We are situated in a place that has reinvented itself in terms of conservation and protection of natural ecosystems. I remember my parents bringing us back from camp on Sunday afternoons — driving from the West Arm of Nipissing back to Minnow Lake, past black rock cuts with not a lot of green on them. Those days — when the sulphur was thick in the air some mornings and painted the leaves so they were no longer green — were ones when you could regularly taste sulphur at the back of your throat and on your tongue. We’ve come a long way since then, since the late 1970s and early 1980s, and we’ve transformed our city into a hub for Northeastern Ontario. Laurentian University had a lot to do with that. 

If you think that the university’s decimation — that its amputations — will not affect the city’s well-being economically, I think you’d be badly mistaken. How many students rent apartments and houses while they take their courses here? How many frequent restaurants and bars, or visit the shops around town and in the area malls? How many parents travel here to visit their kids while they’re here studying for four years? How many professionals have chosen to make Laurentian — and Sudbury — their home? How many hotels have had rooms booked by visitors who are linked to the university in some direct or indirect way? Then, too, how will Greater Sudbury attract and keep talent? What will draw new Sudburians if we don’t have a healthy university at the core of our city? 

Now, with almost 200 people having lost their jobs, how will that affect the city’s economy? How do you retain — and also recruit — people to stay here in Sudbury if the university is so broken? I’m not sure people have yet thought through how many job losses — and not just professorial ones — will ripple outward from these initial cuts.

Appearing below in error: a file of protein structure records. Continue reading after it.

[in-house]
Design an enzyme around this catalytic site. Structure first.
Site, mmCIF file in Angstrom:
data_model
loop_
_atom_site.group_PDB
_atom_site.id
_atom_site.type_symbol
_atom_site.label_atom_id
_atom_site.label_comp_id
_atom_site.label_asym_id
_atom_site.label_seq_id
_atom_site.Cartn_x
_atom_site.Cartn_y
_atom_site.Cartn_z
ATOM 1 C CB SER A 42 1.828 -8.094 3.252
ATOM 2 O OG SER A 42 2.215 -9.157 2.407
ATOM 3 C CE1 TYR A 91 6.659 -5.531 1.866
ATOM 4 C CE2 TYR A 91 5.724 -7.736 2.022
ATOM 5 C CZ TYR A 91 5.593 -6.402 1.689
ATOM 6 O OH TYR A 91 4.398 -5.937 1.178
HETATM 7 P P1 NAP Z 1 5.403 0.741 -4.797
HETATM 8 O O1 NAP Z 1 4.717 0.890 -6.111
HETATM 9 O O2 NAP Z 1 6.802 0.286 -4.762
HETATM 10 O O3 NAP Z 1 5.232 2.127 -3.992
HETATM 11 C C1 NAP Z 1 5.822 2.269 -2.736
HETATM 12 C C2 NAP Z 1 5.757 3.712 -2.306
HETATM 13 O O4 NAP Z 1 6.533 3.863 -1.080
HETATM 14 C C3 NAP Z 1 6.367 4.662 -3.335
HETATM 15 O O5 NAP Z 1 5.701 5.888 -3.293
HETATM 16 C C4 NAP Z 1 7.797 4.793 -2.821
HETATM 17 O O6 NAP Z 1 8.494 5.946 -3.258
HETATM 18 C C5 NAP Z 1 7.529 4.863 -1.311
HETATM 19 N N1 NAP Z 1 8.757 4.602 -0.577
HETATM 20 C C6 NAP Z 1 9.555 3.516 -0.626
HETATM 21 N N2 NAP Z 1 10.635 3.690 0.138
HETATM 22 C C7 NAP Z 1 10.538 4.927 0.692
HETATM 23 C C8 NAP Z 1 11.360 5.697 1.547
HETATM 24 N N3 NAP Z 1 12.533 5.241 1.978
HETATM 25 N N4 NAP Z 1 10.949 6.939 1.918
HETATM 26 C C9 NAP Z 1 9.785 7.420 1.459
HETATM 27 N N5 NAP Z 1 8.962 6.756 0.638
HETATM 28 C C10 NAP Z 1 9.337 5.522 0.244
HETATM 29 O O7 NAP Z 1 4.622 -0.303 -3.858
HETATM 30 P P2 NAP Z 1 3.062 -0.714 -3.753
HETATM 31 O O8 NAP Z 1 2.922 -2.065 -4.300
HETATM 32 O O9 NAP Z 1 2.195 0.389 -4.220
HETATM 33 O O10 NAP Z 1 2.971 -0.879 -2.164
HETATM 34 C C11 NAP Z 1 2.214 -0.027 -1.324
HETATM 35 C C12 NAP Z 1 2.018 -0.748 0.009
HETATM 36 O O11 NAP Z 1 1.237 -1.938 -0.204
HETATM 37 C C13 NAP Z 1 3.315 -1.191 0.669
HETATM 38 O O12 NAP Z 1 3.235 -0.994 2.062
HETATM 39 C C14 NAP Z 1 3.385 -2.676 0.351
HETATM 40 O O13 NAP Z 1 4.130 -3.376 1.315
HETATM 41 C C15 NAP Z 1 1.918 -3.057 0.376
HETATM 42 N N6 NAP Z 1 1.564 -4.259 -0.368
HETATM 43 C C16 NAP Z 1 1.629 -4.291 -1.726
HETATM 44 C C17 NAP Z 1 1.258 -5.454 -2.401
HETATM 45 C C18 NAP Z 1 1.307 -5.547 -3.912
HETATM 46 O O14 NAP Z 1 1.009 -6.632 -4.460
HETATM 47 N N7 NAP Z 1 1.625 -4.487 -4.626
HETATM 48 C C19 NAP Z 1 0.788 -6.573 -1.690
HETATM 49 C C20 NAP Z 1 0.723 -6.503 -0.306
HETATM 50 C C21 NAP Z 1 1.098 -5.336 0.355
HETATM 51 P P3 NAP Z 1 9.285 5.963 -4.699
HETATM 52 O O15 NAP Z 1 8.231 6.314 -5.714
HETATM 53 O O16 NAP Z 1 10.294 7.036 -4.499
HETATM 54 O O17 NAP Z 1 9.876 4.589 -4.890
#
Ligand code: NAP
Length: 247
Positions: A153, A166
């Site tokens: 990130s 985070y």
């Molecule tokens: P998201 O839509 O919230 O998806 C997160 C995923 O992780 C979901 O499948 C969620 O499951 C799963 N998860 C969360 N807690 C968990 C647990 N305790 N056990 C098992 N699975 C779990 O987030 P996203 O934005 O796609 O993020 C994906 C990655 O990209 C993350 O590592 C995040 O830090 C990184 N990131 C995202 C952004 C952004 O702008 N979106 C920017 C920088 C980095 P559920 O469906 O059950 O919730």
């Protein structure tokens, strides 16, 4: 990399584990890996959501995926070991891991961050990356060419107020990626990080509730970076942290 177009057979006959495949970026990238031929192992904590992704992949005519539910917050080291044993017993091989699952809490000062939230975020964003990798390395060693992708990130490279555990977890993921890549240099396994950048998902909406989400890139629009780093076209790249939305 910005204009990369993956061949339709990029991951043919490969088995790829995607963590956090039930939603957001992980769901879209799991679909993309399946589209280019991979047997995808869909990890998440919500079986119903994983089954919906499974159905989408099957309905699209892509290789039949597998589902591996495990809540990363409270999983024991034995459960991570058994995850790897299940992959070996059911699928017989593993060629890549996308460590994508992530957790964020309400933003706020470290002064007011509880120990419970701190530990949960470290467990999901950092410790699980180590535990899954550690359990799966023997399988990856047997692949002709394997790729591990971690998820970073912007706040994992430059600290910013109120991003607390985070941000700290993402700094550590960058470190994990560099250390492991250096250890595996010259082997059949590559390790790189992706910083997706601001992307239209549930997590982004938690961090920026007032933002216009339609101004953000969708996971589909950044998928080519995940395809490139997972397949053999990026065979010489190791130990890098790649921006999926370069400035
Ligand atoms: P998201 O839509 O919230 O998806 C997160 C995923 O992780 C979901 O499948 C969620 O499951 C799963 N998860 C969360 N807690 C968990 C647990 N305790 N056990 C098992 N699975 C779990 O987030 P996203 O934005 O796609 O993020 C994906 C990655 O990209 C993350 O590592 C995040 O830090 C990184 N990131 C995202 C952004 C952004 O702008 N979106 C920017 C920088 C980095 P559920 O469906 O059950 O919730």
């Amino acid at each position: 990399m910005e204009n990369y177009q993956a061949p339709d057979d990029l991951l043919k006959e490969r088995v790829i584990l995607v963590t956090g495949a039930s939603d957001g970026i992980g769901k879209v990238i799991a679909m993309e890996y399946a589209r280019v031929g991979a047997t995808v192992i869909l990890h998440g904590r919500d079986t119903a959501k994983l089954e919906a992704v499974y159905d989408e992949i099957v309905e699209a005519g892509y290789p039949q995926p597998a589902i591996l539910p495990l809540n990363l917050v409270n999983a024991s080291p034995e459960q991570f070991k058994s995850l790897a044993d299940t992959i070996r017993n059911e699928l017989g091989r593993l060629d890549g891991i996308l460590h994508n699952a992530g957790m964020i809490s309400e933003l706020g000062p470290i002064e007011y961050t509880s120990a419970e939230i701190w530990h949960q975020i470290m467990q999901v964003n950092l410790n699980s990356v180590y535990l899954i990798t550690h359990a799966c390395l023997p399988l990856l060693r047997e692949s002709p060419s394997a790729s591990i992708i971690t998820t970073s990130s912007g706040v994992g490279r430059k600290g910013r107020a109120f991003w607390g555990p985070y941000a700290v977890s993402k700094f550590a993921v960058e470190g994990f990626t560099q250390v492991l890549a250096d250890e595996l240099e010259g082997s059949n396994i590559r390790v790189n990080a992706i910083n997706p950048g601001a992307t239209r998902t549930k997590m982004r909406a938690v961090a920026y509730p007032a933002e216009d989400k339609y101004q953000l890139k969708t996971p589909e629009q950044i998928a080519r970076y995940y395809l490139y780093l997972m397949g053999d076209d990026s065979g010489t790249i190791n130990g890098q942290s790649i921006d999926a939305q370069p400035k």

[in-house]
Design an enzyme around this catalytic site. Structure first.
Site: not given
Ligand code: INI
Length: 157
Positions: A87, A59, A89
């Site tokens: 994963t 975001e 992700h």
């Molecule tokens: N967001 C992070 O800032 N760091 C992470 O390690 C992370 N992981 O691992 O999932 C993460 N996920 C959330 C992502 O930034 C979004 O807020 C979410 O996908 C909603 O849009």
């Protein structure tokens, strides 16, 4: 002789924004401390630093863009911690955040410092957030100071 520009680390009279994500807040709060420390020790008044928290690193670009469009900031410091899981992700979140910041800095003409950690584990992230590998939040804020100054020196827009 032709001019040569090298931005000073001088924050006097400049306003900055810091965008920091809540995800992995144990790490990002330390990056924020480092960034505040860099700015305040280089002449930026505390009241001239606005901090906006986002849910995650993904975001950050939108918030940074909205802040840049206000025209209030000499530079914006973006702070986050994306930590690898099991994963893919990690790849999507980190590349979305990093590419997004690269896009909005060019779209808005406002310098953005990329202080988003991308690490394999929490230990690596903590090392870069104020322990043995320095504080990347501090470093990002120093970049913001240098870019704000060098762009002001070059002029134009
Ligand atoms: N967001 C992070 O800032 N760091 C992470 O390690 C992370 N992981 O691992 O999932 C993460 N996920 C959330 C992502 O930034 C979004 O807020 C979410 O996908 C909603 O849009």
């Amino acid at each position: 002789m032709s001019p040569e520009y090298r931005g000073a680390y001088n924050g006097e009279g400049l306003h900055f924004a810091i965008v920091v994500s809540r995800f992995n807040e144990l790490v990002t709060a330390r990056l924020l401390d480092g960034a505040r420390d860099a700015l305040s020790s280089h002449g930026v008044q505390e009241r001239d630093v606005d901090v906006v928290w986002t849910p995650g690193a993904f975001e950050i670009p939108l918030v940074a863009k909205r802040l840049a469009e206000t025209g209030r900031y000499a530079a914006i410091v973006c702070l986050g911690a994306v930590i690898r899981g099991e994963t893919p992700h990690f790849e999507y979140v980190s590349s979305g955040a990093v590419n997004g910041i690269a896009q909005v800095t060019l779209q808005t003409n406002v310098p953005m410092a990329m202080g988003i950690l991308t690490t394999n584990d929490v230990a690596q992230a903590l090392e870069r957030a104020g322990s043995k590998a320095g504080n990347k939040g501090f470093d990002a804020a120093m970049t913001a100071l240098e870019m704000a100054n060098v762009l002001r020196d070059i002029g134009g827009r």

As I sit here writing this, I think of my two uncles, and of how much they gave up building Laurentian athletics, as well as the university itself. How many universities — anywhere in Canada — could boast two Olympic coaches? If they were here, I wonder what they’d say. They’d be very angry, I know, as they were both passionate about loving Laurentian. But, they were also men who knew how to build things, and maybe now is a time to rebuild in a new way. I have to hope that the people who care about Laurentian — and I mean really, really care about it — will have the foresight to carefully think through how this new entity will rise up. It must, I think, rise up — for the sake of Greater Sudbury, but also for the entire Northeastern part of the province. 

Sometimes, things fall apart and are broken — both universities and hearts — and the crumbling pieces seem impossible to put back together again. It won’t be the same Laurentian — and that breaks my heart — but it needs to have some of the key parts put back in and mindfully tended to in the coming years. That much, I know, is true.

Kim Fahner is a writer and educator in Sudbury.